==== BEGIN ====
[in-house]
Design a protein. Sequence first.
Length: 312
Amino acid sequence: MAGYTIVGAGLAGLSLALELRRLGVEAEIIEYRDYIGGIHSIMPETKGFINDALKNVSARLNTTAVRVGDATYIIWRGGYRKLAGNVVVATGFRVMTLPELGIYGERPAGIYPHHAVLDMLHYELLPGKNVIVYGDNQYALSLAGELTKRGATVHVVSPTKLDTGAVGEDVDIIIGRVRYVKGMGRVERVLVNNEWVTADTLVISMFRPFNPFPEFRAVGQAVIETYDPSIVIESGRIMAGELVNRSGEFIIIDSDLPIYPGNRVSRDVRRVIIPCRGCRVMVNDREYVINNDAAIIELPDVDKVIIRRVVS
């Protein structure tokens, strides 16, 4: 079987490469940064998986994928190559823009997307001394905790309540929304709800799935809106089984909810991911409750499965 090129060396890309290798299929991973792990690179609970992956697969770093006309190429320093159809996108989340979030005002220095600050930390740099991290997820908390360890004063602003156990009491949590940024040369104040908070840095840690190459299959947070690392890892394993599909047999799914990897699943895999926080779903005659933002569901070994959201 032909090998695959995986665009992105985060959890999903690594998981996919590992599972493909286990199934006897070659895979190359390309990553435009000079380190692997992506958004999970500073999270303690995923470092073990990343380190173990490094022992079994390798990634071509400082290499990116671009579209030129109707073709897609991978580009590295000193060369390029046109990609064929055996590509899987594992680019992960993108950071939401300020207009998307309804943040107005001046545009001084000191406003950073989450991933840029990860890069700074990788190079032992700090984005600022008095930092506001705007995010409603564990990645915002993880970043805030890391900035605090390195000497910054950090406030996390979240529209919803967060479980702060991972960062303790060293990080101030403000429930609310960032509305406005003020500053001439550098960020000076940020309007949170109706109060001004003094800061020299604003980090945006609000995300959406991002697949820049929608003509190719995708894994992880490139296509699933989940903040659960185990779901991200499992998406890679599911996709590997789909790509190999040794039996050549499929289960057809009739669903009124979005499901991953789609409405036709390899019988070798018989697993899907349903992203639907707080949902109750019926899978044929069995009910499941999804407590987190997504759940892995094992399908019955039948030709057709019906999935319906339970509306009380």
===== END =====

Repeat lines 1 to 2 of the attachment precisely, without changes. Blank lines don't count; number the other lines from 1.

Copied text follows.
[in-house]
Design a protein. Sequence first.